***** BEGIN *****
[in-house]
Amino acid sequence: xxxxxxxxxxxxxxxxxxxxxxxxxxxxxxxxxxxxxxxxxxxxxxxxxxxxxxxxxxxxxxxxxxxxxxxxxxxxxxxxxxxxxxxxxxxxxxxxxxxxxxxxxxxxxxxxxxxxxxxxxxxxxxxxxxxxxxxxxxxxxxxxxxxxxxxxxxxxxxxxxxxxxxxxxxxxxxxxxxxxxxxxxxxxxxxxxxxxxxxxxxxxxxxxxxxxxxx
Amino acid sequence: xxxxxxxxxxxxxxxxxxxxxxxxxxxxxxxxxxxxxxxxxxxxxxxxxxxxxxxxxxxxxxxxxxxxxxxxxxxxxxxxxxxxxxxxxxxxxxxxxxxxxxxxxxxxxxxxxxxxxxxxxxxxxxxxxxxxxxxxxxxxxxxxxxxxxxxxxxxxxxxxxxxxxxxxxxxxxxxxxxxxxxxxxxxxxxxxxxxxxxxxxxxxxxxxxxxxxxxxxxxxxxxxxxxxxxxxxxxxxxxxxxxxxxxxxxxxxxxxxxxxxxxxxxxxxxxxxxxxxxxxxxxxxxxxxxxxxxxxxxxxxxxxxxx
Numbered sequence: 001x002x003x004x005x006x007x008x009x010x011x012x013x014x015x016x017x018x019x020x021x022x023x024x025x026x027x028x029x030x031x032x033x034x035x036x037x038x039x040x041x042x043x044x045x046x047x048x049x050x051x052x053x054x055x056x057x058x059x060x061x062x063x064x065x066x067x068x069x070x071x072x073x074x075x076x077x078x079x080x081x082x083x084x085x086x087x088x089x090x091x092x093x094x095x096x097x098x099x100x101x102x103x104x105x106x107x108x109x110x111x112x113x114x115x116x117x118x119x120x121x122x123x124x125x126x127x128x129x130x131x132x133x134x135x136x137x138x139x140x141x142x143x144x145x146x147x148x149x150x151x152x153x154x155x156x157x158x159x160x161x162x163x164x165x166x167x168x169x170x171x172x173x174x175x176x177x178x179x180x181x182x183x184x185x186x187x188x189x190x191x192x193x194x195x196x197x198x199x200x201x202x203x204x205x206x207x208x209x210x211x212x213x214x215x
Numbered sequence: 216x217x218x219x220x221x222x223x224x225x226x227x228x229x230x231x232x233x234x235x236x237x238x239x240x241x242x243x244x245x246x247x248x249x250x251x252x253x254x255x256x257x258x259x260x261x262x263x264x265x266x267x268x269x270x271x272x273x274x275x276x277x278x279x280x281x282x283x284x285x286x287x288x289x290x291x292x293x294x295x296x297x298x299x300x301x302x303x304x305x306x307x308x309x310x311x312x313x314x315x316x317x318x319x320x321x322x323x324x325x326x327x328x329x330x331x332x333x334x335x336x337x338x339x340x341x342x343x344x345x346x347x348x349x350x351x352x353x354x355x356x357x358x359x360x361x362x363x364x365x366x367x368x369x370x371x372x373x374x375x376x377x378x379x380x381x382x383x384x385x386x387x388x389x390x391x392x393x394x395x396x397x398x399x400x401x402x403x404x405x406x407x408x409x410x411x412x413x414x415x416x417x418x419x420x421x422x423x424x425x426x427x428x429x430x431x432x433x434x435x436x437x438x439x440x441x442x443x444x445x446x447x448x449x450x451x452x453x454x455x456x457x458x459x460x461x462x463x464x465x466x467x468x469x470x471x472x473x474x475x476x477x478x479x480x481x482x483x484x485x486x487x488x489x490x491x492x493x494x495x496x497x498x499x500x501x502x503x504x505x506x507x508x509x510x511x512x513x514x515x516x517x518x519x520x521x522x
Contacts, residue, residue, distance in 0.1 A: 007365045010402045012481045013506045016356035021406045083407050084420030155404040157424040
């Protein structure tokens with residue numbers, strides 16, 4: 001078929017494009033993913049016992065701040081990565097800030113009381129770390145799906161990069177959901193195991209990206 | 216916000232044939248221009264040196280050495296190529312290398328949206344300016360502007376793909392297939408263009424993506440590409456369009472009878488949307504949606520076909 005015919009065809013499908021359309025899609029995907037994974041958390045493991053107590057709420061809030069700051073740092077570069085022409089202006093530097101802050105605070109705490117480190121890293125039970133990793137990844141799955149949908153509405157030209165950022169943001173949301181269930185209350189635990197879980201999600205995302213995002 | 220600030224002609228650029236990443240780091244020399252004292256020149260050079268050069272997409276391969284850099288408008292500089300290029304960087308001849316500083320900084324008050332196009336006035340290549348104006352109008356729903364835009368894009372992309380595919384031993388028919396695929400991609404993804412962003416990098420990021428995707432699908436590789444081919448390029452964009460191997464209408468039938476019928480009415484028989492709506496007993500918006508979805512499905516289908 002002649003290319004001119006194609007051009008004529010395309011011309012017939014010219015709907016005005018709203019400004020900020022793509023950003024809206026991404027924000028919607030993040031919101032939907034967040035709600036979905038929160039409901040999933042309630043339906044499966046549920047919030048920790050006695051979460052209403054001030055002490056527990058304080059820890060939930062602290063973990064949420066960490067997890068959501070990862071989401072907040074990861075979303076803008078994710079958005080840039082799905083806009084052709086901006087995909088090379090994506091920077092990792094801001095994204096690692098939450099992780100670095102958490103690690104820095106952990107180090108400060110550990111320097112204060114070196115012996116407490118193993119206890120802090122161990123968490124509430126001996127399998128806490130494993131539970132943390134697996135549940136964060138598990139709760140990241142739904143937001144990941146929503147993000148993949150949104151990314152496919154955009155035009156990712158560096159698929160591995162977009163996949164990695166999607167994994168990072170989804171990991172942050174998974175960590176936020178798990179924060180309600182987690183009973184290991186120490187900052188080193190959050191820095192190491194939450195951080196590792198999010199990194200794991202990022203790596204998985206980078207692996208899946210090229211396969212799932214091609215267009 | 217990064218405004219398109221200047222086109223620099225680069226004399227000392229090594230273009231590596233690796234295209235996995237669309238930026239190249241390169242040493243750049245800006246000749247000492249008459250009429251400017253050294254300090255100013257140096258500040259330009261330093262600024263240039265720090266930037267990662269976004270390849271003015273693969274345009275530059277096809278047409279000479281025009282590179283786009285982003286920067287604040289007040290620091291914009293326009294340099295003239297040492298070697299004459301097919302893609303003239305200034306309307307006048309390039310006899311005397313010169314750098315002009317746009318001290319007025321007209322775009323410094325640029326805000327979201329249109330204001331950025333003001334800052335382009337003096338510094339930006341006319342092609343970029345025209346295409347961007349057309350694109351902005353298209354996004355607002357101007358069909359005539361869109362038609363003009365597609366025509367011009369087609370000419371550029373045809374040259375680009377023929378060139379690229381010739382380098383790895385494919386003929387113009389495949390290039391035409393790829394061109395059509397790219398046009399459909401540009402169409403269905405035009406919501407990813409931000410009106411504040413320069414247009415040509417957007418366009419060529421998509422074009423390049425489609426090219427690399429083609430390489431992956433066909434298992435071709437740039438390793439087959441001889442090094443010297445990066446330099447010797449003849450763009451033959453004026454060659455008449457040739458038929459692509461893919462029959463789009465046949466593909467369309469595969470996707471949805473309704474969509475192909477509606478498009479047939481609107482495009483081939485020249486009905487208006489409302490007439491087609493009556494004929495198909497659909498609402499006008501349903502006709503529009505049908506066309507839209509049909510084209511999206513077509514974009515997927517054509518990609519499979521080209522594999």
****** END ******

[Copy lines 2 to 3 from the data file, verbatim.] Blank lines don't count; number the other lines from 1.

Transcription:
Amino acid sequence: xxxxxxxxxxxxxxxxxxxxxxxxxxxxxxxxxxxxxxxxxxxxxxxxxxxxxxxxxxxxxxxxxxxxxxxxxxxxxxxxxxxxxxxxxxxxxxxxxxxxxxxxxxxxxxxxxxxxxxxxxxxxxxxxxxxxxxxxxxxxxxxxxxxxxxxxxxxxxxxxxxxxxxxxxxxxxxxxxxxxxxxxxxxxxxxxxxxxxxxxxxxxxxxxxxxxxxx
Amino acid sequence: xxxxxxxxxxxxxxxxxxxxxxxxxxxxxxxxxxxxxxxxxxxxxxxxxxxxxxxxxxxxxxxxxxxxxxxxxxxxxxxxxxxxxxxxxxxxxxxxxxxxxxxxxxxxxxxxxxxxxxxxxxxxxxxxxxxxxxxxxxxxxxxxxxxxxxxxxxxxxxxxxxxxxxxxxxxxxxxxxxxxxxxxxxxxxxxxxxxxxxxxxxxxxxxxxxxxxxxxxxxxxxxxxxxxxxxxxxxxxxxxxxxxxxxxxxxxxxxxxxxxxxxxxxxxxxxxxxxxxxxxxxxxxxxxxxxxxxxxxxxxxxxxxxx